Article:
Healthy on the outside, a mess on the inside

I was a fat kid.  I was teased relentlessly for it, and in sixth grade, I discovered this great thing called exercise, and I lost over twenty pounds.  It felt like a miracle!

The thing was, though, I was skinny fat.  I hated vegetables.  I didn’t eat much fruit.  And I loved carbs almost as much as I loved fast food.  I discovered that I could eat what I wanted to, if I just did enough aerobic exercise.  And so I did that, for a really long time.  It didn’t matter that I felt yucky as in always, always tired, and that I got headaches constantly.  All that seemed to matter to me was that I appeared healthy on the outside.

Even as I was destroying myself on the inside.

It caught up to me.  Autoimmune diseases are knocking on my door.  I’m not that dummy who says, “Huh, how did that happen?”  I’ve had a conscience about this for years.  For the last decade at least (told you I’ve been doing this for a while), I’ve been feeling guilty.  I felt like an addict:  after every cheeseburger and French fries from McDonald’s that I consumed, I’d tell myself it was for the last time.  Next time I was hungry, I’d eat a carrot.  Except I didn’t.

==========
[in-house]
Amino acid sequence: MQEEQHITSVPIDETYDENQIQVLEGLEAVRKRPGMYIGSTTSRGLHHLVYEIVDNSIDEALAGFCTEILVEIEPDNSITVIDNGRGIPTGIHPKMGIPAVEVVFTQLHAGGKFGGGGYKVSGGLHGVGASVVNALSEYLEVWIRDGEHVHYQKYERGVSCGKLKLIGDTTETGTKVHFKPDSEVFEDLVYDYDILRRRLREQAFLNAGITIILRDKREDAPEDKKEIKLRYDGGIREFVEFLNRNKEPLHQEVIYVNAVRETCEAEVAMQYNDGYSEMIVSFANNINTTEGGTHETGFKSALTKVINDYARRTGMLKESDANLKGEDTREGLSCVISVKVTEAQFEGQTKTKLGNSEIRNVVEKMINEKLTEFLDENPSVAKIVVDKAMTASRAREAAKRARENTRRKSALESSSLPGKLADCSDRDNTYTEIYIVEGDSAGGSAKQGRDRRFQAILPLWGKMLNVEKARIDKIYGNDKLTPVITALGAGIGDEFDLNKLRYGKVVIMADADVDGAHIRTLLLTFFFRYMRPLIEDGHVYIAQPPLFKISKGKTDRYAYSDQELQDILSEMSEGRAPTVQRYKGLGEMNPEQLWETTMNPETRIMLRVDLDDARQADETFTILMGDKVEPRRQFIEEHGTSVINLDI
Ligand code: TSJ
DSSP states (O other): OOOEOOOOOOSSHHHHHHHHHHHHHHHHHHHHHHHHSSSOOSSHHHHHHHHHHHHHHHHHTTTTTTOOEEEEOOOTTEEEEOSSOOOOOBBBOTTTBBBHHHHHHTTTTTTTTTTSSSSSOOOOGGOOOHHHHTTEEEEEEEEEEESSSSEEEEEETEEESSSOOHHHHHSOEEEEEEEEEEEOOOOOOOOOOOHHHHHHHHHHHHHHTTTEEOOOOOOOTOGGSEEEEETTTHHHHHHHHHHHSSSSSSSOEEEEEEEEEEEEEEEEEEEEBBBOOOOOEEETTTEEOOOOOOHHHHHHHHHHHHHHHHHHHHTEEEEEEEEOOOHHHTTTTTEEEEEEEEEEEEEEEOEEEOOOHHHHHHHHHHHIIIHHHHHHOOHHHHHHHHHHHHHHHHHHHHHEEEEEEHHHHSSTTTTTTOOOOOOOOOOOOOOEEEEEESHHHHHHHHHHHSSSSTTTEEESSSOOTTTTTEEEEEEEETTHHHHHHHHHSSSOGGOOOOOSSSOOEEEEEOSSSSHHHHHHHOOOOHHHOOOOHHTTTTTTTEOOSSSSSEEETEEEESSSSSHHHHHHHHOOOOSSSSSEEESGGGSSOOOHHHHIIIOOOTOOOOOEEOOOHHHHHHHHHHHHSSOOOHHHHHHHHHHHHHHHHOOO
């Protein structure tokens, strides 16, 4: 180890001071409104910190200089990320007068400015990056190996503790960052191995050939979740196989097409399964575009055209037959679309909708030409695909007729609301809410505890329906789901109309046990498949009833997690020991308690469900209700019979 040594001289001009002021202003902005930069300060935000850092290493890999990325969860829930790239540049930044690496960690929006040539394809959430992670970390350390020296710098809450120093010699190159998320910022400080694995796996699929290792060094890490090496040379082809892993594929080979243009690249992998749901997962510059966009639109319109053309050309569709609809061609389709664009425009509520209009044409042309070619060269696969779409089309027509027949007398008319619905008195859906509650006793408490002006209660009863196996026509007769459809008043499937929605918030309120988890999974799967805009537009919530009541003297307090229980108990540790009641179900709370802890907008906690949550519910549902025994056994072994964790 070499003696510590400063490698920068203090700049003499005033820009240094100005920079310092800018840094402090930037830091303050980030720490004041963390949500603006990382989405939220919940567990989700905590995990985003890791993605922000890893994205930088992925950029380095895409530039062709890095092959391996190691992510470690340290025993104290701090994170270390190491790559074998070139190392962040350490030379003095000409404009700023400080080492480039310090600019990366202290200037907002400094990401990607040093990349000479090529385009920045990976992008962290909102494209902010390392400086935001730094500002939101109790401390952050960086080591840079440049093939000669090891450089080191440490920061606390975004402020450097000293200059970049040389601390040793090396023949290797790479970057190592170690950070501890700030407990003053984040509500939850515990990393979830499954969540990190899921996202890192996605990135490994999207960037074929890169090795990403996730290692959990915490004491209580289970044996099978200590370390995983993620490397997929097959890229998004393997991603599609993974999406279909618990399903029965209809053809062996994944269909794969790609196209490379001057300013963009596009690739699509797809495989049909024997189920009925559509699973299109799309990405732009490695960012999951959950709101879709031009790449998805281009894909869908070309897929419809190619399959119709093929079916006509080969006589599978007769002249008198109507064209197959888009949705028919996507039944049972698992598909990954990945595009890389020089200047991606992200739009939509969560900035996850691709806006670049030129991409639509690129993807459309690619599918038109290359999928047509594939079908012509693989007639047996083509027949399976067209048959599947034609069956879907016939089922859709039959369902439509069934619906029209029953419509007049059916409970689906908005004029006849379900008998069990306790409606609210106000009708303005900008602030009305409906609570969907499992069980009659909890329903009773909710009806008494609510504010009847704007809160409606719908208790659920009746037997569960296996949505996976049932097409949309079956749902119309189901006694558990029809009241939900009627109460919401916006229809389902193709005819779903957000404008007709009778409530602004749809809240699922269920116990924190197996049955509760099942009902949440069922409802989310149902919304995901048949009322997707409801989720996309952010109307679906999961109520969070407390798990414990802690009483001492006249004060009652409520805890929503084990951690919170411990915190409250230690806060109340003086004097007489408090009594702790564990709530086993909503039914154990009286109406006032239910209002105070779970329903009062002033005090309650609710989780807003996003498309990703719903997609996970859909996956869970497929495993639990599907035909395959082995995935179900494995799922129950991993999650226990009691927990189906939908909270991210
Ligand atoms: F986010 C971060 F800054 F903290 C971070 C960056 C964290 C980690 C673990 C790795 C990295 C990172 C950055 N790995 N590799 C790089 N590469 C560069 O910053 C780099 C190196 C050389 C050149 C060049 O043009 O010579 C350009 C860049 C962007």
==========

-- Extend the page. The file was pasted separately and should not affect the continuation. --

Joint pain, fatigue, and abnormal blood tests made me change my life around.  I eat healthy now.  Not that I didn’t throw a million tantrums in the grocery store when I realized EVERYTHING I ate before had tons of sugar, gluten, or chemicals in it.  The first three months were the hardest, but I’d allow myself one cheat day a week, and I discovered after eating clean, I no longer liked the processed junk.  I no longer understand why I liked it to begin with.  And I feel amazing.  I feel young, even if the date on my license tells me that I’m not.